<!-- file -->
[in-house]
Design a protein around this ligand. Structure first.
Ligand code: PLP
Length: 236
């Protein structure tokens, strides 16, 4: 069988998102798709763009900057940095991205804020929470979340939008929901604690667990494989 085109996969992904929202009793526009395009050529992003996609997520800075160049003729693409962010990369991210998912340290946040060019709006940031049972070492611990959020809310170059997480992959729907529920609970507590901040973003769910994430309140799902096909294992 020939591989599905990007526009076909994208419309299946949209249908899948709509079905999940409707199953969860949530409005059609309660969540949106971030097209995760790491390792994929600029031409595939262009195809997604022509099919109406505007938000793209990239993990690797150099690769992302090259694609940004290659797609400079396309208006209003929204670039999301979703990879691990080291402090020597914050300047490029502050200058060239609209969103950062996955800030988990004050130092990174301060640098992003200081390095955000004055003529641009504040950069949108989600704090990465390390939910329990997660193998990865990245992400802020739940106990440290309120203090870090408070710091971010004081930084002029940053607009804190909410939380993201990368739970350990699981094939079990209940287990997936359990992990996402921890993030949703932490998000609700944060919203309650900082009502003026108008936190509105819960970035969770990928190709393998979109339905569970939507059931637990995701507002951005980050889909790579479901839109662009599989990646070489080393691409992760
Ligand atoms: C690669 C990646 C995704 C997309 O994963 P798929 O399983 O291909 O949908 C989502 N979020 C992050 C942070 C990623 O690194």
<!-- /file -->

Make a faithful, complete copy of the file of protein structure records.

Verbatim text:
[in-house]
Design a protein around this ligand. Structure first.
Ligand code: PLP
Length: 236
């Protein structure tokens, strides 16, 4: 069988998102798709763009900057940095991205804020929470979340939008929901604690667990494989 085109996969992904929202009793526009395009050529992003996609997520800075160049003729693409962010990369991210998912340290946040060019709006940031049972070492611990959020809310170059997480992959729907529920609970507590901040973003769910994430309140799902096909294992 020939591989599905990007526009076909994208419309299946949209249908899948709509079905999940409707199953969860949530409005059609309660969540949106971030097209995760790491390792994929600029031409595939262009195809997604022509099919109406505007938000793209990239993990690797150099690769992302090259694609940004290659797609400079396309208006209003929204670039999301979703990879691990080291402090020597914050300047490029502050200058060239609209969103950062996955800030988990004050130092990174301060640098992003200081390095955000004055003529641009504040950069949108989600704090990465390390939910329990997660193998990865990245992400802020739940106990440290309120203090870090408070710091971010004081930084002029940053607009804190909410939380993201990368739970350990699981094939079990209940287990997936359990992990996402921890993030949703932490998000609700944060919203309650900082009502003026108008936190509105819960970035969770990928190709393998979109339905569970939507059931637990995701507002951005980050889909790579479901839109662009599989990646070489080393691409992760
Ligand atoms: C690669 C990646 C995704 C997309 O994963 P798929 O399983 O291909 O949908 C989502 N979020 C992050 C942070 C990623 O690194």